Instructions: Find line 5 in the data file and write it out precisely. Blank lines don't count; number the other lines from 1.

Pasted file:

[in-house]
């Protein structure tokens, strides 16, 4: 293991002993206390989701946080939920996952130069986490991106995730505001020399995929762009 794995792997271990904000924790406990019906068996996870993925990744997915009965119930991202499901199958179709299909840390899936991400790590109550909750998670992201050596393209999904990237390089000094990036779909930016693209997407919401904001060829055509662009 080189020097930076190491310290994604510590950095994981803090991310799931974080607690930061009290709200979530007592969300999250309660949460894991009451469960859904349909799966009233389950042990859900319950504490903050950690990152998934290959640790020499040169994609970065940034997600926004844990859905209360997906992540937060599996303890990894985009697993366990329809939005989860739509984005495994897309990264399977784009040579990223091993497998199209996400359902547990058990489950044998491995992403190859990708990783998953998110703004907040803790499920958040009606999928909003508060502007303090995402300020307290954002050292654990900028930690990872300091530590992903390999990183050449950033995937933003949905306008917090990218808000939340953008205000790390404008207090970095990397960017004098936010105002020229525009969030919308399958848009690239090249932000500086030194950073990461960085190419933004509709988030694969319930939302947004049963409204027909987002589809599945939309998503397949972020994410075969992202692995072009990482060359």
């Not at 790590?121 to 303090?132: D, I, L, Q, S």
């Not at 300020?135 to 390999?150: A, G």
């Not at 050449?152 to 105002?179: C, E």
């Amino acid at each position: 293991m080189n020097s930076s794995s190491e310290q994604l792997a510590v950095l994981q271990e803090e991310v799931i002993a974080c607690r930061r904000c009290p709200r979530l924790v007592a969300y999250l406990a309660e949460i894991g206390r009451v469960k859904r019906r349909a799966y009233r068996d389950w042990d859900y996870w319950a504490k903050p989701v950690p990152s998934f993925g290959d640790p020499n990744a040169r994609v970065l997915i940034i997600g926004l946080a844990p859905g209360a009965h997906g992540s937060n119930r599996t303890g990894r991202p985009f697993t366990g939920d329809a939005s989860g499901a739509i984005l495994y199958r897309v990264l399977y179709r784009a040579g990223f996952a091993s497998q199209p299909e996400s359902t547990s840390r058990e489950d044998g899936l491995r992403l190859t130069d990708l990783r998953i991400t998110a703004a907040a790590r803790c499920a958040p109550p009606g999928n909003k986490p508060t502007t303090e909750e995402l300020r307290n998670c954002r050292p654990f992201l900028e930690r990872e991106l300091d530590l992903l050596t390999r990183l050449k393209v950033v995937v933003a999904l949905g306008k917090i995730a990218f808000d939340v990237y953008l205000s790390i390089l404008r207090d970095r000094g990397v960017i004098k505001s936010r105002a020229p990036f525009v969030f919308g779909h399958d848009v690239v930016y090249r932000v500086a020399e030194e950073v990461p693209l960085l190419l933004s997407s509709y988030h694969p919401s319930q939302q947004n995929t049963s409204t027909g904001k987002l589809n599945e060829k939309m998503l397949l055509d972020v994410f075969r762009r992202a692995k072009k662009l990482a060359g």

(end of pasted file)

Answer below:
């Not at 050449?152 to 105002?179: C, E």